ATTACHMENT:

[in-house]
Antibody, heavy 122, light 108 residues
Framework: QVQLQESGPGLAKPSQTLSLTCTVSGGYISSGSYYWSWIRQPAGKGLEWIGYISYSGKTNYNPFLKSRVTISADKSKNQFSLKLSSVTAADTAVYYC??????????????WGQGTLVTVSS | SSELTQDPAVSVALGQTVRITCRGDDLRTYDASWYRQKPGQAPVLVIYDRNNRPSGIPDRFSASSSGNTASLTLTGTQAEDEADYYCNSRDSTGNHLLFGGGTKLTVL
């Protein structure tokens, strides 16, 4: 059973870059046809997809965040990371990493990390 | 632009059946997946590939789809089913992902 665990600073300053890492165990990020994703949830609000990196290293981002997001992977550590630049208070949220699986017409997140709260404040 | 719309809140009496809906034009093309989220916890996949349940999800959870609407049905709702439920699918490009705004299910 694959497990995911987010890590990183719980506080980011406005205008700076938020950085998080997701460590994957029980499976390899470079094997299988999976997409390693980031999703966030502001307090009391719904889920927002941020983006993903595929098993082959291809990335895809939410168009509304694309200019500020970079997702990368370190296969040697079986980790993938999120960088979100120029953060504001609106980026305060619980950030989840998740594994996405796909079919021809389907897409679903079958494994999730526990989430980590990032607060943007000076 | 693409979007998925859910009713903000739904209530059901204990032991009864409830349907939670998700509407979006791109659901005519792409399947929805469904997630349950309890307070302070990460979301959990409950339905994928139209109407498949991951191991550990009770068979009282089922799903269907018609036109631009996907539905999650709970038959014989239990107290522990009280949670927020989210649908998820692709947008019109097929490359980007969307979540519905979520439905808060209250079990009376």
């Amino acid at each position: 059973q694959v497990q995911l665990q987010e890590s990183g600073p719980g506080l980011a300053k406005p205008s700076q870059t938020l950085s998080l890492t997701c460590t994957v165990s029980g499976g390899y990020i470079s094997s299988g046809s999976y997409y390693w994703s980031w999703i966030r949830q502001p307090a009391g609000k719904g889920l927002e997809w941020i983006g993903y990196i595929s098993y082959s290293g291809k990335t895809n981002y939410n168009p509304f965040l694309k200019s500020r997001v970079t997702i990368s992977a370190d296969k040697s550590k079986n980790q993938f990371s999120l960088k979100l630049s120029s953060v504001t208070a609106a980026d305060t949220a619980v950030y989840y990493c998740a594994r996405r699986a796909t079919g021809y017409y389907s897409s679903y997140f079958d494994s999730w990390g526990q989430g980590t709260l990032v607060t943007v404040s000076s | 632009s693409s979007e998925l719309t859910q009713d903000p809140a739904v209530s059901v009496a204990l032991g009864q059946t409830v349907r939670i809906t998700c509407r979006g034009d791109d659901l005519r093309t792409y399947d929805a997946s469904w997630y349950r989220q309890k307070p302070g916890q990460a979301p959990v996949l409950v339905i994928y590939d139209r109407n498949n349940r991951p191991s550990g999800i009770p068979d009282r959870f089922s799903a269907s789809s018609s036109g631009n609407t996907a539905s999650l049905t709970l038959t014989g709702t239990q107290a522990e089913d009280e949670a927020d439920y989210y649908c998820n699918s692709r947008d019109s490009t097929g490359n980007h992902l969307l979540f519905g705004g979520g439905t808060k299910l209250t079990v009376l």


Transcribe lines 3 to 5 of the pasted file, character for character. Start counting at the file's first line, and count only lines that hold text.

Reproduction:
Framework: QVQLQESGPGLAKPSQTLSLTCTVSGGYISSGSYYWSWIRQPAGKGLEWIGYISYSGKTNYNPFLKSRVTISADKSKNQFSLKLSSVTAADTAVYYC??????????????WGQGTLVTVSS | SSELTQDPAVSVALGQTVRITCRGDDLRTYDASWYRQKPGQAPVLVIYDRNNRPSGIPDRFSASSSGNTASLTLTGTQAEDEADYYCNSRDSTGNHLLFGGGTKLTVL
């Protein structure tokens, strides 16, 4: 059973870059046809997809965040990371990493990390 | 632009059946997946590939789809089913992902 665990600073300053890492165990990020994703949830609000990196290293981002997001992977550590630049208070949220699986017409997140709260404040 | 719309809140009496809906034009093309989220916890996949349940999800959870609407049905709702439920699918490009705004299910 694959497990995911987010890590990183719980506080980011406005205008700076938020950085998080997701460590994957029980499976390899470079094997299988999976997409390693980031999703966030502001307090009391719904889920927002941020983006993903595929098993082959291809990335895809939410168009509304694309200019500020970079997702990368370190296969040697079986980790993938999120960088979100120029953060504001609106980026305060619980950030989840998740594994996405796909079919021809389907897409679903079958494994999730526990989430980590990032607060943007000076 | 693409979007998925859910009713903000739904209530059901204990032991009864409830349907939670998700509407979006791109659901005519792409399947929805469904997630349950309890307070302070990460979301959990409950339905994928139209109407498949991951191991550990009770068979009282089922799903269907018609036109631009996907539905999650709970038959014989239990107290522990009280949670927020989210649908998820692709947008019109097929490359980007969307979540519905979520439905808060209250079990009376």
């Amino acid at each position: 059973q694959v497990q995911l665990q987010e890590s990183g600073p719980g506080l980011a300053k406005p205008s700076q870059t938020l950085s998080l890492t997701c460590t994957v165990s029980g499976g390899y990020i470079s094997s299988g046809s999976y997409y390693w994703s980031w999703i966030r949830q502001p307090a009391g609000k719904g889920l927002e997809w941020i983006g993903y990196i595929s098993y082959s290293g291809k990335t895809n981002y939410n168009p509304f965040l694309k200019s500020r997001v970079t997702i990368s992977a370190d296969k040697s550590k079986n980790q993938f990371s999120l960088k979100l630049s120029s953060v504001t208070a609106a980026d305060t949220a619980v950030y989840y990493c998740a594994r996405r699986a796909t079919g021809y017409y389907s897409s679903y997140f079958d494994s999730w990390g526990q989430g980590t709260l990032v607060t943007v404040s000076s | 632009s693409s979007e998925l719309t859910q009713d903000p809140a739904v209530s059901v009496a204990l032991g009864q059946t409830v349907r939670i809906t998700c509407r979006g034009d791109d659901l005519r093309t792409y399947d929805a997946s469904w997630y349950r989220q309890k307070p302070g916890q990460a979301p959990v996949l409950v339905i994928y590939d139209r109407n498949n349940r991951p191991s550990g999800i009770p068979d009282r959870f089922s799903a269907s789809s018609s036109g631009n609407t996907a539905s999650l049905t709970l038959t014989g709702t239990q107290a522990e089913d009280e949670a927020d439920y989210y649908c998820n699918s692709r947008d019109s490009t097929g490359n980007h992902l969307l979540f519905g705004g979520g439905t808060k299910l209250t079990v009376l």